Transgender Hormone Therapy Is Safe When Monitored For Certain Risks
One of the most often cited reasons by medical providers for hesitation in providing hormone therapy to transgender individuals is the fear of harm. The review demonstrates that hormone therapy is relatively safe, at least as far as the modest literature out there can determine. Providers should be reassured that the harms that do exist are relatively rare and can often be avoided with conventional monitoring.
The take-home points from the review are:
1. The current literature suggests that transgender hormone therapy is safe for most situations and reasonable to monitor.
2. The current literature is quite thin, and larger, more carefully done studies are needed to address concern for more subtle harms.
The findings align with the hormone approach found in both the World Professional Association for Transgender Health (WPATH) Standards of Care of 2011 and The Endocrine Society Guidelines of 2009. The primary difference between this review and the 2 guidelines is the failure to detect increased cancer risk despite the concerns raised in the guidelines.
Use of hormone therapy in transgender adults is considered safe when carefully monitored for certain risks, such as venous thromboembolism (VTE) in transgender women with use of estrogen therapy, according to a literature review published in the February 24 issue of the Journal of Clinical and Translational Endocrinology. The findings may help reduce the barriers for transgender individuals to receive medical care.
Although many of the studies identified in the literature review involved a small number of patients or were case studies, the overall trend of the findings is reassuring. Notably, while some guidelines on transgender medical care suggest that certain hormone therapies increase the risk for cancer, no evidence of a significant increase in cancer risk was found in this literature review. In addition, hormone therapy was not linked to increased mortality in transgender individuals.
The review included papers from an original pool of 1,881 studies published between 1967 and 2014 that assessed the safety of hormone therapy for transgender individuals. Case reports were included when there was a lack of long-term studies on a given safety issue.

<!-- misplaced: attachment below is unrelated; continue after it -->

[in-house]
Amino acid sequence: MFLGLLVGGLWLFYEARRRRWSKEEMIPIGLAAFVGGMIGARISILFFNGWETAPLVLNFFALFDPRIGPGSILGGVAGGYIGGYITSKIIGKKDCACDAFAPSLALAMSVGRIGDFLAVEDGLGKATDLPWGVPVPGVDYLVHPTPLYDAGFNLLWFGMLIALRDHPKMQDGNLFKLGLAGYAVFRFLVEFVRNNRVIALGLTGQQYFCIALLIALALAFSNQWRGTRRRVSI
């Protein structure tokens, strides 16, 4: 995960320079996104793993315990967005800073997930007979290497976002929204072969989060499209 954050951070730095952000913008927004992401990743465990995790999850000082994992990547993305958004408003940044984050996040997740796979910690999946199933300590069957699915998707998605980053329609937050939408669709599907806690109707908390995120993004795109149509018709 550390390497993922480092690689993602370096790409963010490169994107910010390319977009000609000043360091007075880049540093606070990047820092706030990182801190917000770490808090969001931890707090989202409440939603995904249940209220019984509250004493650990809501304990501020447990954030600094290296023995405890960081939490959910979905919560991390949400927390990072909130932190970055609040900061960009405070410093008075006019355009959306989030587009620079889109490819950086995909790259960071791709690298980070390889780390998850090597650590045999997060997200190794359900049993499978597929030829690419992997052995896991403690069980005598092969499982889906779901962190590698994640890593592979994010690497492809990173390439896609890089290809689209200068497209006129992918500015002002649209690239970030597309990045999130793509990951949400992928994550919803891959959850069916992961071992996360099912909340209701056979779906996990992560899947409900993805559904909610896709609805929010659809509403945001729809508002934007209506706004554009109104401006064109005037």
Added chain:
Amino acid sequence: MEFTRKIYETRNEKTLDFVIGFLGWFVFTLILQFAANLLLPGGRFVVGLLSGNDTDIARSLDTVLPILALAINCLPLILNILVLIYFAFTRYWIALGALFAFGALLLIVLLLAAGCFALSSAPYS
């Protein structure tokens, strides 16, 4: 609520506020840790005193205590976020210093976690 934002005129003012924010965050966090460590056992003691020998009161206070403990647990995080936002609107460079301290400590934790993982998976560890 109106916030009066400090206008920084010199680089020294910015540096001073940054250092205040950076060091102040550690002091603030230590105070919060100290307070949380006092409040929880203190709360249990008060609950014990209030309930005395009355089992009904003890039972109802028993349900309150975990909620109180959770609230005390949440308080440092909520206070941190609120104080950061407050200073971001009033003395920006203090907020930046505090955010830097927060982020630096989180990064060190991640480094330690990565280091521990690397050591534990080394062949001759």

Increased Risk of Venous Thromboembolism With Estrogen Therapy
The primary concern with use of hormone therapy in transgender women is the risk for VTE associated with estrogen therapy. In one of the largest and most recent studies, Asscheman et al found that 1% of 1,076 transgender women taking estrogen therapy experienced VTE.1 Other studies suggest that the risk for VTE is higher (6%-8%) in individuals taking ethinyl oestradiol, which is no longer in use.2
Risk factors for VTE found in a study by Gooren et al of 2,236 transgender women included smoking, immobilization due to gender confirmation surgery, and presence of a hypercoagulable disorder.3
Other studies suggest that the risk for VTE and other cardiovascular events is less with use of transdermal estrogen versus oral estrogen. Treatment of hypercholesterolemia and hypertension, and smoking cessation may help minimize the risk for VTE among transgender men.
Cancer Prevalence Is Not Increased in Transgender Adults Using Hormone Therapy
The overall cancer incidence in transgender men and women did not differ significantly from that in control groups in studies to date. The incidence of breast cancer in transgender individuals taking estrogen is not different from secular trends in males and is lower than secular trends in women. A rare but possible increase prostate cancer (0.04%) has been reported in transgender women, however, the findings are limited by decreased screening and the relative young age (average, 29.3 years) in subjects at the start of therapy.4
Hyperplasia in the female reproductive tract has been reported in studies that are low powered. However, newer data suggest that testosterone therapy in transgender men may be associated with tissue atrophy of the epithelium of the cervix and endometrium, not with malignancy as might have been presumed from the hyperplasia data.
It is also important to follow cancer screening guidelines for transgender individuals’ natal gender.
Mortality Rates Not Altered by Transgender Hormone Therapy Use
Transgender hormone therapy does not have a direct affect on mortality, according to the 3 largest studies to date. While one study found a 51% increase in mortality in transgender women compared to secular data, the differences were linked to factors unrelated to hormone therapy, including an increased incidence of suicide, AIDS, substance abuse, and cardiovascular disease.5
Estrogen Therapy May Increase Triglyceride Levels and Insulin Resistance
Elevated triglyceride levels and decreased LDL cholesterol levels have been found in transgender women taking estrogen therapy compared to control subjects. In contrast, it is unclear from the current literature whether transgender men experience changes in these laboratory values.
Increases in insulin resistance and fasting glucose level, as well as changes in body fat redistribution were found in both transgender men and women. In addition, slight increases in hemoglobin and hematocrit were found among transgender men.
Finally, there is some evidence that hormone therapy in transgender women may lead to decreased sexual desire, but may lead to increased sexual desire in transgender men.